There's a difference between political correctness and cultural sensitivity. A recent article in The Atlantic, "The Coddling of the American Mind," highlights this. The authors, Greg Lukianoff and Jonathan Haidt, explore how in recent years the expectation that controversial issues be treated even-handedly and with sensitivity has morphed, in many colleges, into a demand that no potentially offensive topics be broached at all:
For example, some students have called for warnings that Chinua Achebe’s Things Fall Apart describes racial violence and that F. Scott Fitzgerald’s The Great Gatsby portrays misogyny and physical abuse, so that students who have been previously victimized by racism or domestic violence can choose to avoid these works... The current movement is largely about emotional well-being... [I]t presumes an extraordinary fragility of the collegiate psyche, and therefore elevates the goal of protecting students from psychological harm. The ultimate aim, it seems, is to turn campuses into “safe spaces” where young adults are shielded from words and ideas that make some uncomfortable. And more than the last, this movement seeks to punish anyone who interferes with that aim, even accidentally.So the same criticism that was levied earlier against the Concerned Students of USD can be aimed at what the article calls the "trigger warning movement" -- if all you want is to remain comfortable and to have your current beliefs and ideals left unchallenged, why are you in college? Colleges should be about pushing against your boundaries. Not to give offense deliberately, mind you; but to encourage you to question your own stance, and to understand more deeply that not everyone sees the world the way you do. As I tell my Critical Thinking students every year, "You might well leave this class with your beliefs unchanged. You will not leave with your beliefs unexamined."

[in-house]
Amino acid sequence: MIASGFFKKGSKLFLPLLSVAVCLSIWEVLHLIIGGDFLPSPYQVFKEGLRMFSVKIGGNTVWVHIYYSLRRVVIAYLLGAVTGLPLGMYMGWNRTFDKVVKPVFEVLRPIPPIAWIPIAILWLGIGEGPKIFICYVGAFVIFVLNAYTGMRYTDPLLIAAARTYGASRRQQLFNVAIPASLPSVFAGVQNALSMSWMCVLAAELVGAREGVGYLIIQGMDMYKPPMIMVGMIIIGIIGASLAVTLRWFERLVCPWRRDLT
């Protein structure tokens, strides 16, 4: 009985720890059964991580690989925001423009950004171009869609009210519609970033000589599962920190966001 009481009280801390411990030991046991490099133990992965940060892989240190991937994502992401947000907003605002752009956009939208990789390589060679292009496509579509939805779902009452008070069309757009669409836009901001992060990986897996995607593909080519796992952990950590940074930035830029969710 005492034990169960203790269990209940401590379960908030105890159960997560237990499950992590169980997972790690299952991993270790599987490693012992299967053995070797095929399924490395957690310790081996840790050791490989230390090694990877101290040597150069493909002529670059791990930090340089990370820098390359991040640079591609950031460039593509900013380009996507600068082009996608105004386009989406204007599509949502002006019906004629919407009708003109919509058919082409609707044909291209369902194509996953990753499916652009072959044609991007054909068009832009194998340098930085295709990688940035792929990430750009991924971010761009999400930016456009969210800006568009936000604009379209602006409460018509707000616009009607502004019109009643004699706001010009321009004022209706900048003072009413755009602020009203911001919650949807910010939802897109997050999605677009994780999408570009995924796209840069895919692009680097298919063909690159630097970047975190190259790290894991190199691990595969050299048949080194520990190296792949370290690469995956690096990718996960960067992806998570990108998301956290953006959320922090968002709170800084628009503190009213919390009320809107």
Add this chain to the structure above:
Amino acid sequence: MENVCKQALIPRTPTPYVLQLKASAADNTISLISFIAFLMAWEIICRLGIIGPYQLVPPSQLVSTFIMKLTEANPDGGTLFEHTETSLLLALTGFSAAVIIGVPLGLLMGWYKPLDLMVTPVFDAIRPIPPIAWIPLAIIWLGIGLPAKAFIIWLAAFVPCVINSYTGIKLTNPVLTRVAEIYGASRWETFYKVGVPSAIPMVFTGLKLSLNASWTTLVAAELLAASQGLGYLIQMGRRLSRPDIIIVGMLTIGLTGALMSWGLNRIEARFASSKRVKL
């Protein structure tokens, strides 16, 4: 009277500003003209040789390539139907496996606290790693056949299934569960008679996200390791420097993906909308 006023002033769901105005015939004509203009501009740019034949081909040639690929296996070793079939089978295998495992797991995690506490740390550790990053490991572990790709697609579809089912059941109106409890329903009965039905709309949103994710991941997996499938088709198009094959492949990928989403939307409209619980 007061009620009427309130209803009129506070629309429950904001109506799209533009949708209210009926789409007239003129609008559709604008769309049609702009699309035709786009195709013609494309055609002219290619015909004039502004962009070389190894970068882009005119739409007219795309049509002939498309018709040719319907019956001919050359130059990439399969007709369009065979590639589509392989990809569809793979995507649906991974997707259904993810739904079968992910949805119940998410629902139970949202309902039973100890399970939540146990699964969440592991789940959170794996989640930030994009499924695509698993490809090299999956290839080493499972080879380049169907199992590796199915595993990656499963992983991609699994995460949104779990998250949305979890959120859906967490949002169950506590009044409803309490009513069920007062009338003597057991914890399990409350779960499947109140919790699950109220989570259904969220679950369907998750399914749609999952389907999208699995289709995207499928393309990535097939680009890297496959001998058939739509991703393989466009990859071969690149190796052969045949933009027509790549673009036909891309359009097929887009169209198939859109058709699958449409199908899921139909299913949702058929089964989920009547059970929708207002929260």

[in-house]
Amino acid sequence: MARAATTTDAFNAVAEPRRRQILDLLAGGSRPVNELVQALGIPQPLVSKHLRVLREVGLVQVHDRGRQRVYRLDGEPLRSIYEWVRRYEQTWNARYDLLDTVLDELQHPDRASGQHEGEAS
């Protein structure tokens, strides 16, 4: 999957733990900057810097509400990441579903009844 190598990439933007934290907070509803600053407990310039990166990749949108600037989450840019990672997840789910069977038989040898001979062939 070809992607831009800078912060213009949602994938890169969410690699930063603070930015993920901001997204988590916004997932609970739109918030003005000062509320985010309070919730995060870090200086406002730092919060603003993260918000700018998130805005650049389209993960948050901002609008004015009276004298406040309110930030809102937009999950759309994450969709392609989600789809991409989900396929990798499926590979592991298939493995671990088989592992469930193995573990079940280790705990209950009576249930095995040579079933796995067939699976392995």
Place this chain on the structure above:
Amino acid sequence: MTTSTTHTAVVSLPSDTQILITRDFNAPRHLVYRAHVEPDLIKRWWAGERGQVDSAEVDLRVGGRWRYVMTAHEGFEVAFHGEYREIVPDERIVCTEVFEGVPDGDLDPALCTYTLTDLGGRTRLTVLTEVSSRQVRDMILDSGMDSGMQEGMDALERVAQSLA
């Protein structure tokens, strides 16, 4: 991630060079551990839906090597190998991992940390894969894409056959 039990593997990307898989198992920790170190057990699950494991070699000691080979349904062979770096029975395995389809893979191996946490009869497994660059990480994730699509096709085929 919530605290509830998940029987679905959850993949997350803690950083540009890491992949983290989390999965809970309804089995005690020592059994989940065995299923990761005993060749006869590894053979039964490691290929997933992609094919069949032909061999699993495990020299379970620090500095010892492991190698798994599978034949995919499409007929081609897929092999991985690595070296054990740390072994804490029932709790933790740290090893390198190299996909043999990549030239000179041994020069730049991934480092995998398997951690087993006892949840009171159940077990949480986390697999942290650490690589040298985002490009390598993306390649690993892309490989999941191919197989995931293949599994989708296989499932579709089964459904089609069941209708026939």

The problem is that now any demand for reconsideration of our attitudes toward historical figures is thrown together with what Lukianoff and Haidt call "vindictive protectiveness" -- the implication that any discomfort college students experience is crossing the line into what amounts to the deliberate provocation of PTSD.
The problem is, conflating the two is simply incorrect. You cannot equate the mindset of hypersensitive college students who expect to glide through life without ever being offended with the expectation that institutions of higher learning adopt a clear-eyed view of history, and a little bit of cultural sensitivity. Asking an African American student to read Chinua Achebe's Things Fall Apart is hardly the same thing as having a bronze statue on campus of a sadistic bigot who thought he was doing god's will by torturing Natives who didn't want to adopt his beliefs. Dismissing them both as ill-founded "political correctness" is drawing an oversimplified false analogy.
In other words, wrong.